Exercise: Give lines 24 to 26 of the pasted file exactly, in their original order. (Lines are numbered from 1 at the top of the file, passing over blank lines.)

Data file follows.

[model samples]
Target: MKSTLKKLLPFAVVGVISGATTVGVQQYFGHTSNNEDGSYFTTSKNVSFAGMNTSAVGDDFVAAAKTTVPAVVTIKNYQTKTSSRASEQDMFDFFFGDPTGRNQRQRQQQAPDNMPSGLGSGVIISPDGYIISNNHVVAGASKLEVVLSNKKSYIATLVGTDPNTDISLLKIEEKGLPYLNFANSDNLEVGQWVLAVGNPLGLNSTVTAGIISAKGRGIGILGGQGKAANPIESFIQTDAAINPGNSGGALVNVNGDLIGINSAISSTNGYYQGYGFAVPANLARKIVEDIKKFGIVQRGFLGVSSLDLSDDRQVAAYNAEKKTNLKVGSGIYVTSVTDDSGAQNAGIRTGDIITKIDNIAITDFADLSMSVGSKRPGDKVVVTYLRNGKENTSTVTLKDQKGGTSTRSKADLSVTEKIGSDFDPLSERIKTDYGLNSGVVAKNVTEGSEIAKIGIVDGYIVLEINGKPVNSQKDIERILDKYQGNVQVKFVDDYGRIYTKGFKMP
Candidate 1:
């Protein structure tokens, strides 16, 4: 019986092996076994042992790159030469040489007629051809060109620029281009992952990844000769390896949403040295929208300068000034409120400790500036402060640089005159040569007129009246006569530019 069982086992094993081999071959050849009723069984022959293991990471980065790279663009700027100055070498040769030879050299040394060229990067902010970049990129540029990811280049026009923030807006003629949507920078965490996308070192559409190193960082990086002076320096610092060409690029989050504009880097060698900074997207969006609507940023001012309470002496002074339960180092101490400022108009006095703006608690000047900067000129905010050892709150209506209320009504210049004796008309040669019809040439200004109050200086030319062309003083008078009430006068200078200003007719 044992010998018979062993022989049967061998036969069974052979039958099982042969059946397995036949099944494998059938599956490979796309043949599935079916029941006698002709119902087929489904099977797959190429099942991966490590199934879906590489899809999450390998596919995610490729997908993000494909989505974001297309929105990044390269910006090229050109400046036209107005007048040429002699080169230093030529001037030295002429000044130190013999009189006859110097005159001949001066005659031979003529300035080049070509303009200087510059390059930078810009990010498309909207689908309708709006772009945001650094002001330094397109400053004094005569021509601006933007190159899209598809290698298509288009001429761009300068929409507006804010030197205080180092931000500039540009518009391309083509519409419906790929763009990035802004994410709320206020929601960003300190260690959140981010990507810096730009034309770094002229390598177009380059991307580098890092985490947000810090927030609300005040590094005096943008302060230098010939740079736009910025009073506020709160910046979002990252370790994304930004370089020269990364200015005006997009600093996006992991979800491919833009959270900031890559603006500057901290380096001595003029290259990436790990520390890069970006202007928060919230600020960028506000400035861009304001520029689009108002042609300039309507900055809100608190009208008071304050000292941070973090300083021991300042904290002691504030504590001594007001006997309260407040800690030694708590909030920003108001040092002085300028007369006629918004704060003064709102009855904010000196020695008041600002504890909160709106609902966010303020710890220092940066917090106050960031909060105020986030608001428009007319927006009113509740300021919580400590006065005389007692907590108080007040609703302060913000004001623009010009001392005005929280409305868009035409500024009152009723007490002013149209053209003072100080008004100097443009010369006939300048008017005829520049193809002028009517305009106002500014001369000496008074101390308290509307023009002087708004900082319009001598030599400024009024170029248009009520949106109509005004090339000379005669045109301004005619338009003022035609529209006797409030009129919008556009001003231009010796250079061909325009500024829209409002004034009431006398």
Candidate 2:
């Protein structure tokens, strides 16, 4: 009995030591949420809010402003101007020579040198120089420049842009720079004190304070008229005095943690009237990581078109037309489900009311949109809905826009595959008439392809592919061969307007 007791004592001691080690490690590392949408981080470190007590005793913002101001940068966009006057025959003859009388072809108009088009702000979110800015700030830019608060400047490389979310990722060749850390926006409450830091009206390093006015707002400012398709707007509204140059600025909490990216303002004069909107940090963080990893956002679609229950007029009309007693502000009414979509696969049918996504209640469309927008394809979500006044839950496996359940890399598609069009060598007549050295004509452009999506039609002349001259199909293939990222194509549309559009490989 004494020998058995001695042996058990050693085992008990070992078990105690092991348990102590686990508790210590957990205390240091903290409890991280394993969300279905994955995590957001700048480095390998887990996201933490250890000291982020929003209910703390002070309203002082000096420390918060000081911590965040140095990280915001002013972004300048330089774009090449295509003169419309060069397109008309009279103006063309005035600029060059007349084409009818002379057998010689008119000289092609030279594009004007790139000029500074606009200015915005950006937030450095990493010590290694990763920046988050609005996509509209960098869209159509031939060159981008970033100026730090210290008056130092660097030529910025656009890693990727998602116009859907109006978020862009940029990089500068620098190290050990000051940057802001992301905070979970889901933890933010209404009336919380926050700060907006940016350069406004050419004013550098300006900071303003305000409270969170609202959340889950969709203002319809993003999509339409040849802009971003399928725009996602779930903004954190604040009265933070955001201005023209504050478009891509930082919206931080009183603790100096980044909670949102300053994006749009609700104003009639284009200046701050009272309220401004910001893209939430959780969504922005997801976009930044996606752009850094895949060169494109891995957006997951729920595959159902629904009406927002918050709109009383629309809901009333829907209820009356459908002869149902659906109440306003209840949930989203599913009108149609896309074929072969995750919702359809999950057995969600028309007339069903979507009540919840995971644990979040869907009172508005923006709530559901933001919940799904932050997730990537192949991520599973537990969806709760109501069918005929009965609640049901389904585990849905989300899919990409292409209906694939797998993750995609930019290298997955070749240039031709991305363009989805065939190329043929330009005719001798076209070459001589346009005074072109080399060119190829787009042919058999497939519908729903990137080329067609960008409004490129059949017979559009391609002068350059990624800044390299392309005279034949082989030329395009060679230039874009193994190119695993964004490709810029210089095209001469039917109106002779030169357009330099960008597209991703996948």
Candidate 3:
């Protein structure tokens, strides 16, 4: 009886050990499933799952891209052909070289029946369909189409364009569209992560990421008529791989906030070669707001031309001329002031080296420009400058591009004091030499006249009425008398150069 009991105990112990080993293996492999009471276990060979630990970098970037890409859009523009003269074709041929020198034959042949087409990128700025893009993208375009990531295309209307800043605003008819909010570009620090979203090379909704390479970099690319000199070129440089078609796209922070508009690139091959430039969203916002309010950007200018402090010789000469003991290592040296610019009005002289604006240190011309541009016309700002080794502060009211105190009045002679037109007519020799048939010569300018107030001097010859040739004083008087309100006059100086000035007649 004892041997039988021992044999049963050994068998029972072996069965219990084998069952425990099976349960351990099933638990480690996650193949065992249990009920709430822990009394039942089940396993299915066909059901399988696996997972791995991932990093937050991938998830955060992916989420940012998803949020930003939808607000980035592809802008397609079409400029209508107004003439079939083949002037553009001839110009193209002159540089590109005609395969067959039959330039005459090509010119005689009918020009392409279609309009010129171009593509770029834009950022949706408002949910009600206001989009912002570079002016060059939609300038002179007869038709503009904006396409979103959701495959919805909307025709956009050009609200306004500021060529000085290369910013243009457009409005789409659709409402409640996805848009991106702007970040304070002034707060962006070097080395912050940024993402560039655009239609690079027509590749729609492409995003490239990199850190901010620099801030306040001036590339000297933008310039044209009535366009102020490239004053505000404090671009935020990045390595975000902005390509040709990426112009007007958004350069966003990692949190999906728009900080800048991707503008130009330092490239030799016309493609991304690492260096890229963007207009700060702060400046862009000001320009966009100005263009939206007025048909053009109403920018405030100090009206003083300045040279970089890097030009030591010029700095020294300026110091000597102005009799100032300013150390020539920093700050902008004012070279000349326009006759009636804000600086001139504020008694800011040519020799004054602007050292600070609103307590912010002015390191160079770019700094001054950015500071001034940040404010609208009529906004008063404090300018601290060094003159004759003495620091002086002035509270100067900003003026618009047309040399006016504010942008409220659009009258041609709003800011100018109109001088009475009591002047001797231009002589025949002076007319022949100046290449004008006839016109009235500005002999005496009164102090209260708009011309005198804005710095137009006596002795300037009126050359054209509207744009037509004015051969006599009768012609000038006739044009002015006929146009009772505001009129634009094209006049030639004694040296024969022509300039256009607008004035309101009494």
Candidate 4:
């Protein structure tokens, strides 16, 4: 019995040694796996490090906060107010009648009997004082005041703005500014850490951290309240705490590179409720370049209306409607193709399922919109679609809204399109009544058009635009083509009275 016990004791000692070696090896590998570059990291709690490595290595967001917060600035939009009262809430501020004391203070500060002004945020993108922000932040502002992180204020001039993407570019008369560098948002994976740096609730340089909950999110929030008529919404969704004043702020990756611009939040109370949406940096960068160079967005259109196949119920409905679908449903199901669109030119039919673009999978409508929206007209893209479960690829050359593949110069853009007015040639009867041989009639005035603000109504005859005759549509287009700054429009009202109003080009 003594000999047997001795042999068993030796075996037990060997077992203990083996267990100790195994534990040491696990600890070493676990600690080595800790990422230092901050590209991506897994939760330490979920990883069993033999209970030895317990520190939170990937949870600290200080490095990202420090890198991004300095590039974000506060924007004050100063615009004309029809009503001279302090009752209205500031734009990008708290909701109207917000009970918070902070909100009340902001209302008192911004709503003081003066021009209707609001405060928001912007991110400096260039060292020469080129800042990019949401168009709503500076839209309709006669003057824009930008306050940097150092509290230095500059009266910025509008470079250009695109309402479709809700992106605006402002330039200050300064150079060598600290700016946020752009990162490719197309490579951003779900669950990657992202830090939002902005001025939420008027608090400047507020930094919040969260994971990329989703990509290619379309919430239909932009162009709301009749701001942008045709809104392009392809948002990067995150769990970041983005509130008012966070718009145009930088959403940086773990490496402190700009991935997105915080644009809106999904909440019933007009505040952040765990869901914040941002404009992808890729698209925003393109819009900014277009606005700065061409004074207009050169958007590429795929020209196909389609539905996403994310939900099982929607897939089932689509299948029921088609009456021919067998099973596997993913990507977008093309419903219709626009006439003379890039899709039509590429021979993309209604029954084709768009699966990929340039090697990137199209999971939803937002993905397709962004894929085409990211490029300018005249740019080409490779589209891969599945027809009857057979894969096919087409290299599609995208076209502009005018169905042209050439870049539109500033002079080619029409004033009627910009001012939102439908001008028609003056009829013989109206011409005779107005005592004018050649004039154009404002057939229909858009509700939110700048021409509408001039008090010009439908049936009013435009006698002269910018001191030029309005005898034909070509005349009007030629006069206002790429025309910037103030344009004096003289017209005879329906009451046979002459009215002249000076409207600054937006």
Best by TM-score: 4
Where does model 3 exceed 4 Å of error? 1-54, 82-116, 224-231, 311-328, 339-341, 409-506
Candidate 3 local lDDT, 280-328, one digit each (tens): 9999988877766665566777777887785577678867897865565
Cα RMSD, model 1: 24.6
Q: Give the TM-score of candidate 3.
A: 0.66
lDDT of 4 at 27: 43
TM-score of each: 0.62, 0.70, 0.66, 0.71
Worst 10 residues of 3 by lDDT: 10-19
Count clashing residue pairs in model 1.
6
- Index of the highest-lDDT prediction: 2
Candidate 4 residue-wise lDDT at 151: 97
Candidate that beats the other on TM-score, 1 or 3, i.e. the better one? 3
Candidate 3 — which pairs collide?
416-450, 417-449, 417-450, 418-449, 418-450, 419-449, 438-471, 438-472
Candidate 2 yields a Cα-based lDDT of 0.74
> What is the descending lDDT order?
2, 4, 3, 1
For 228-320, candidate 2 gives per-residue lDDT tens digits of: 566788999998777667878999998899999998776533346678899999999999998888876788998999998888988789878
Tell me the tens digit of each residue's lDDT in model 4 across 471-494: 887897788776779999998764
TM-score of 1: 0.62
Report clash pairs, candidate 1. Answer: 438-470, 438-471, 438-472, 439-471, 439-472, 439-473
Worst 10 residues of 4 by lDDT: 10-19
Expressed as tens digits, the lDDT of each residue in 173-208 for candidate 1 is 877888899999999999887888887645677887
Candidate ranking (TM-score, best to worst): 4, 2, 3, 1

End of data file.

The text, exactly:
Candidate that beats the other on TM-score, 1 or 3, i.e. the better one? 3
Candidate 3 — which pairs collide?
416-450, 417-449, 417-450, 418-449, 418-450, 419-449, 438-471, 438-472